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Thread: do you display the stock count?

  1. #1

    do you display the stock count?

    Does anyone display the available inventory stock count for products?

    I recently switched from not allowing back-orders, to allowing them. I am considering displaying the inventory on hand, however, I have not done that to date because I keep a lean inventory.
    What do you think are the pros and cons of showing the actual count vs simply item is available or out of stock?

  2. #2
    Quote Originally Posted by MelanieF View Post
    Does anyone display the available inventory stock count for products?

    I recently switched from not allowing back-orders, to allowing them. I am considering displaying the inventory on hand, however, I have not done that to date because I keep a lean inventory.
    What do you think are the pros and cons of showing the actual count vs simply item is available or out of stock?
    We do not show stock counts for the reason you mentioned (lean inventory) - we offer around 5,000 products overall but we use Lokad forecasting to predict demand and only keep the bare minimum of each item in stock (which in many cases is only 1 or 2 units). It didn't give me a warm & fuzzy to be showing how little inventory we keep in stock since it makes us look small ... which we are, but no need to broadcast that to customers and the competition

  3. #3
    Quote Originally Posted by katherine View Post
    We do not show stock counts for the reason you mentioned (lean inventory) - we offer around 5,000 products overall but we use Lokad forecasting to predict demand and only keep the bare minimum of each item in stock (which in many cases is only 1 or 2 units).
    Does Lokad work for you? Is it worth the effort?

  4. #4
    Quote Originally Posted by MelanieF View Post
    Does Lokad work for you? Is it worth the effort?
    For the 13 years before we started forecasting, we were pretty much flying by the seat of our pants - marking what was low on pick lists to determine what to reorder, only doing inventory counts at the end of the year for tax purposes, and ordering based more on gut feel and hitting price quantity breaks than anything else. That worked fine in the early years when we only had a few hundred SKUs and a handful of vendors, but not so much as the SKUs started numbering into the multiple thousands. We cut over to perpetual inventory, Quickbooks and Lokad forecasting at the same time in January 2016. It was a bit of a culture shock, but I think it was a good move. We were able to cut the inventory we carry by about 20% by doing things more scientifically. It definitely helps with knowing where to focus the inventory dollars and what to phase out.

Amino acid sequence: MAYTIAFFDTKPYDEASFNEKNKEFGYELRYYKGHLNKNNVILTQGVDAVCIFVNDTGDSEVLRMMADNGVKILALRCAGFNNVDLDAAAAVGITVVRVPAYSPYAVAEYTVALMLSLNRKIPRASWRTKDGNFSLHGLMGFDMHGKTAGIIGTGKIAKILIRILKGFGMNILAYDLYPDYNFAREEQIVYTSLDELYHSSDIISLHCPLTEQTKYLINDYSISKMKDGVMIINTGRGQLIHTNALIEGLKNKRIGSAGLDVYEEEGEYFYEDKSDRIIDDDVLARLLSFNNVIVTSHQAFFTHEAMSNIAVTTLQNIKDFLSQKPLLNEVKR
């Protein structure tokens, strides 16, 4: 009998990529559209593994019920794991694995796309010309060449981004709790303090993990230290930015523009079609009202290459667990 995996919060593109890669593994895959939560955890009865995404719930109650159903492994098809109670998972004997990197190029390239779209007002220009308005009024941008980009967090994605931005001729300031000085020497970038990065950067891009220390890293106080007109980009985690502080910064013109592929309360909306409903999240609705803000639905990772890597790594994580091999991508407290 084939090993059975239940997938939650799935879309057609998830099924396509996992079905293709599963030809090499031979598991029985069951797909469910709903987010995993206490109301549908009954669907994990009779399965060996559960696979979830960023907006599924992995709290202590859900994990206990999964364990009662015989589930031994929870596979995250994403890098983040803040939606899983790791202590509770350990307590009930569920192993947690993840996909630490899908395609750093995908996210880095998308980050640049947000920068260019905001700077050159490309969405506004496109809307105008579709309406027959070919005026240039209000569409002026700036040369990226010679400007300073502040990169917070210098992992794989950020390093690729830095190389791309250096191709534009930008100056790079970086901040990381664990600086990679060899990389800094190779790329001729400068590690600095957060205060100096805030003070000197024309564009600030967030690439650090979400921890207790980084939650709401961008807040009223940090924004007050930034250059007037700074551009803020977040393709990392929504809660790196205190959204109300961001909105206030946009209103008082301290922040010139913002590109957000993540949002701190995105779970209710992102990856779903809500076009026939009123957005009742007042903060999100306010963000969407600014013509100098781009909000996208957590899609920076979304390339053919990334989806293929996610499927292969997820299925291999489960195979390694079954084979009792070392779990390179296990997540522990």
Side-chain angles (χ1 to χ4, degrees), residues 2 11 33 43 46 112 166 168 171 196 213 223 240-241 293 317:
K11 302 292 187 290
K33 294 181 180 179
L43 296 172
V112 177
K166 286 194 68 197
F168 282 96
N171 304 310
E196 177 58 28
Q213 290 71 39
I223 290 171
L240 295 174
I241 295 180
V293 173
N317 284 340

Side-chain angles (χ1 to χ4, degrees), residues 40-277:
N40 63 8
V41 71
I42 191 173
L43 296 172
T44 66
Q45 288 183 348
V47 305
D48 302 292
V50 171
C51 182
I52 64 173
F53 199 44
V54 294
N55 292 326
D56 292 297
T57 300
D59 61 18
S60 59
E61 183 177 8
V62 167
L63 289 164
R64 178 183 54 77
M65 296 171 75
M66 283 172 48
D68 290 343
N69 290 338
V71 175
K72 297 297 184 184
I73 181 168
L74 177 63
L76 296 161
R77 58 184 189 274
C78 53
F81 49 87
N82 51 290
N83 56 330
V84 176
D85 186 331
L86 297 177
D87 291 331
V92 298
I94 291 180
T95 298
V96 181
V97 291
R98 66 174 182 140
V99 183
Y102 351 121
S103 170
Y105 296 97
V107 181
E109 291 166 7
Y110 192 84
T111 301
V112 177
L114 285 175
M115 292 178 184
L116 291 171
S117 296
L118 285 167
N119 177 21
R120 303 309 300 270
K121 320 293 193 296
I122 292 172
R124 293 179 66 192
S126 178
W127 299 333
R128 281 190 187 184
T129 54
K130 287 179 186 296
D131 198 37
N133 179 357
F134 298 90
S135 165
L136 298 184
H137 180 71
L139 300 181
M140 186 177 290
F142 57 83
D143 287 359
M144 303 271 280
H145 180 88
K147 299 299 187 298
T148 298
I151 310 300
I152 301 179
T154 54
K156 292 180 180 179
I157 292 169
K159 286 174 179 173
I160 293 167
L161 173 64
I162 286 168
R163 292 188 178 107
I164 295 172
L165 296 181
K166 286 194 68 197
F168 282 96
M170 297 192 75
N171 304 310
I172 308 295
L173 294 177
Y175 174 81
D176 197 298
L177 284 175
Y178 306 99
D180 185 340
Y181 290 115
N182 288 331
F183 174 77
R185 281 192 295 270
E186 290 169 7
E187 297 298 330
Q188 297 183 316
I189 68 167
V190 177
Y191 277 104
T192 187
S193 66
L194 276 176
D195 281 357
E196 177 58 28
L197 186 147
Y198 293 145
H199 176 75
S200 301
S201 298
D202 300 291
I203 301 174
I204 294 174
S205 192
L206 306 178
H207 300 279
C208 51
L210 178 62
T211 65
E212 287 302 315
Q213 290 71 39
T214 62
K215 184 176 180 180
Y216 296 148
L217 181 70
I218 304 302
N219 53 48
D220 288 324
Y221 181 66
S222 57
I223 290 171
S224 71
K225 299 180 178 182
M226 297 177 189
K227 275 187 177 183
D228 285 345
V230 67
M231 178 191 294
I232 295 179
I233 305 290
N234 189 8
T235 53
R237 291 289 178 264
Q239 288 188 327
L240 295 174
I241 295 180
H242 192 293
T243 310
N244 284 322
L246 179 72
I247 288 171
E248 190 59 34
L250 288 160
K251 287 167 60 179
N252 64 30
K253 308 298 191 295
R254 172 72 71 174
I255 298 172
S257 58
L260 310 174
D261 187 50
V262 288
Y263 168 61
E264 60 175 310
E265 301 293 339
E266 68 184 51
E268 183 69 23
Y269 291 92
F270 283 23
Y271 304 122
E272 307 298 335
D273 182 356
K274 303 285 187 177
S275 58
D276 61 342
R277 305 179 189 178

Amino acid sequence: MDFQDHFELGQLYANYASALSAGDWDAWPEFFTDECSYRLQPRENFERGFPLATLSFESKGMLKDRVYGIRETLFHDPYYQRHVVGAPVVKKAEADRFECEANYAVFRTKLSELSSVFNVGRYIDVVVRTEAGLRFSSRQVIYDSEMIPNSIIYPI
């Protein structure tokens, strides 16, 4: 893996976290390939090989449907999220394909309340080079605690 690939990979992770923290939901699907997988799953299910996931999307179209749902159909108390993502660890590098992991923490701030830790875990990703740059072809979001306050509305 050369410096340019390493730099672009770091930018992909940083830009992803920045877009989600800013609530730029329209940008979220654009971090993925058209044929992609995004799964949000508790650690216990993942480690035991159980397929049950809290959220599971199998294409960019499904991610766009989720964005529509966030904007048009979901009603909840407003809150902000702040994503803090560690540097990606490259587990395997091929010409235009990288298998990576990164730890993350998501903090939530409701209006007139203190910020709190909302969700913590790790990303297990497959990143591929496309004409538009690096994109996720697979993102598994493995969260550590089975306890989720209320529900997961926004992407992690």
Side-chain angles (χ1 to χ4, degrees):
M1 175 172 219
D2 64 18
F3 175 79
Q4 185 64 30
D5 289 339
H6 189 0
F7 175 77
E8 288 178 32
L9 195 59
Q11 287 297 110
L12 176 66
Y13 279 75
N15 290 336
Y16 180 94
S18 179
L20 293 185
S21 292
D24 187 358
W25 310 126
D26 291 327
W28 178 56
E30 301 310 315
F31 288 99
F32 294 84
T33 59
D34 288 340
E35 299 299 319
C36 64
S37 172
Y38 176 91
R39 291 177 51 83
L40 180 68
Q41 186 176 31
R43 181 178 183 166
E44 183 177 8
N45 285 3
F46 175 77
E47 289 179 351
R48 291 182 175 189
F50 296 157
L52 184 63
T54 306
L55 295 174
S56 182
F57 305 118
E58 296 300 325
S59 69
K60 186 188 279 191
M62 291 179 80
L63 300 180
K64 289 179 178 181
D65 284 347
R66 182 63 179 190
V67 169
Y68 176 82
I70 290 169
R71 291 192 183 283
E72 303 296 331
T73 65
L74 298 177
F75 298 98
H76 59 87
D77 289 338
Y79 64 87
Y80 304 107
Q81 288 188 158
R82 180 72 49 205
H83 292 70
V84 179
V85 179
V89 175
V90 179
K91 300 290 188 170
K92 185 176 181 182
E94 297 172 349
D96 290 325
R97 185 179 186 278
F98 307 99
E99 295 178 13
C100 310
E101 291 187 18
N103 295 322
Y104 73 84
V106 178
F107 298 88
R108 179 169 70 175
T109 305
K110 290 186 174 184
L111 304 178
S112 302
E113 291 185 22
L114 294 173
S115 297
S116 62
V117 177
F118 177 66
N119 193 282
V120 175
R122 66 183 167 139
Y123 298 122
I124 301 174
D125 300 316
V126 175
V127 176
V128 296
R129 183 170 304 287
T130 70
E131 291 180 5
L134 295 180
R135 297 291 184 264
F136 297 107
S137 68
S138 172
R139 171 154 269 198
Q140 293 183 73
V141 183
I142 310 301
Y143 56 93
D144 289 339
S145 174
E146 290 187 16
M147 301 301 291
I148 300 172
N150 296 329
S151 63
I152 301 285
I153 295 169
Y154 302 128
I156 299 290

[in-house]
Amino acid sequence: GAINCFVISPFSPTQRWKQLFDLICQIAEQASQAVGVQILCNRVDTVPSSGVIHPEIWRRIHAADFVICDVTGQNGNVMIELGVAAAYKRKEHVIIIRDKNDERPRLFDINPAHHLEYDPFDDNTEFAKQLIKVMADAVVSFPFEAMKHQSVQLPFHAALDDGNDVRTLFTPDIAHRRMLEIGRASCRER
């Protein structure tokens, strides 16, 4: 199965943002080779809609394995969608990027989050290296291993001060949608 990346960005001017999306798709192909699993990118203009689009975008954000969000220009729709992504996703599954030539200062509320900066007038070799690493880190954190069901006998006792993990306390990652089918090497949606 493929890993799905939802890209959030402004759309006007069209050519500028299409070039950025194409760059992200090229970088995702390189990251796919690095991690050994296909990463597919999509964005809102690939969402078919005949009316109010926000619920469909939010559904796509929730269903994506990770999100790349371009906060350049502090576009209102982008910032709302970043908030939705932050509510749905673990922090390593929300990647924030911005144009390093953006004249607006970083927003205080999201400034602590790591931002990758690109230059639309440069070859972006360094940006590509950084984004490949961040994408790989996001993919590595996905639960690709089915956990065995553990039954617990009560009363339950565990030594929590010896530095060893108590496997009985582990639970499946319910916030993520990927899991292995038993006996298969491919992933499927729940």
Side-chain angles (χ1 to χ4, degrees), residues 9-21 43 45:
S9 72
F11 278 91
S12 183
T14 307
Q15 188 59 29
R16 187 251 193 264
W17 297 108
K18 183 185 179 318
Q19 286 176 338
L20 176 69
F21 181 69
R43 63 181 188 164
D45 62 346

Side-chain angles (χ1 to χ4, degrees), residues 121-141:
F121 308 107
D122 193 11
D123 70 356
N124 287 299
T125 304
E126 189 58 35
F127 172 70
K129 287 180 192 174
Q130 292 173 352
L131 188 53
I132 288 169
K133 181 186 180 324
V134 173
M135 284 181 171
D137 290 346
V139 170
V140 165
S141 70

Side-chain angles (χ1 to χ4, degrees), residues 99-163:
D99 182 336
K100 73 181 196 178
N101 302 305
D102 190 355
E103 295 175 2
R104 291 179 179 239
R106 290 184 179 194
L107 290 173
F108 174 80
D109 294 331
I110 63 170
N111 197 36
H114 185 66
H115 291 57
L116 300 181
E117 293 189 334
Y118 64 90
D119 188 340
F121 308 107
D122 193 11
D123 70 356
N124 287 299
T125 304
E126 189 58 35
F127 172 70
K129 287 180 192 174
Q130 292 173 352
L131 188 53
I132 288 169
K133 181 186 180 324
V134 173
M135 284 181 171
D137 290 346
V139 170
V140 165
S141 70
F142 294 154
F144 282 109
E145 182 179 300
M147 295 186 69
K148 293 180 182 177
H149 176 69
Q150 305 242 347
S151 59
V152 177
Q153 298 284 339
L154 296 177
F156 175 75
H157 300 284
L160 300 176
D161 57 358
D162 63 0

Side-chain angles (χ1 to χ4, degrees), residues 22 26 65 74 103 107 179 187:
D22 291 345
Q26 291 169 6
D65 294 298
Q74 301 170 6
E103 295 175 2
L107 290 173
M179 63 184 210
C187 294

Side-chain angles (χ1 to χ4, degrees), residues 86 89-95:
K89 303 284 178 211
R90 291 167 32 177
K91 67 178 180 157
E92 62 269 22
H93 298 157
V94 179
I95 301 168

For the most part, the Lokad forecasting works well. It can get tripped up pretty easily - for example, we had a particular candle holder of which we typically kept about a dozen in stock. Last summer a restaurant in Europe took a shine to that item and special ordered a couple hundred of them. Our forecast for that item has been crazy high ever since even though I know that was a one-time occurrence. And there are always little things here & there that Lokad can't possibly know - e.g., that certain dried flowers and herbs are catch-as-catch-can and we have to scoop up as many as we can when we find them wholesale, that our suppliers won't ship beeswax sheets during winter months, or that I plan to send an email blast highlighting a certain set of items - those still require human intervention to adjust. There are also some things that I am not comfortable keeping at as low a level as Lokad recommends, but I just maintain a safety stock number in Quickbooks that I add to what Lokad comes up with for those inventory items so I can sleep at night :-) Conversely, when I add a brand new item to stock, Lokad pretty much always sets the starting forecast higher than I would expect (I tend to start low and buy more once the item proves itself out). I would guesstimate that I use about 85% of the Lokad forecast as-is and adjust about 15%.

    It took a while to get into a groove and come up with a process to export the sales & inventory data in Lokad formats, massage the Lokad output the way we need it, and get the results back into Quickbooks. I won't say the process we use is simple - it involves Volusion exports, Quickbooks, 2 MS Access databases, utilities to import & export Quickbooks data, Lokad itself, and Excel macros - but it works. To be fair, the basic data that Lokad requires is pretty minimal - the struggle for us came in getting it from various places and reformatting it. I run our forecasts about once a month, and the process takes me roughly 45 minutes from start to finish. Depending on how your sales and inventory data is stored and what you do with the forecast results, your process could be much faster & easier than ours.

    That is probably much more detail than you were looking for, but overall I do think it is worth the effort for my store. Lokad has a free trial and it is free indefinitely if your revenue is less than $450,000/year (we fall into that tier) so it is definitely worth checking out if you think it might be useful.

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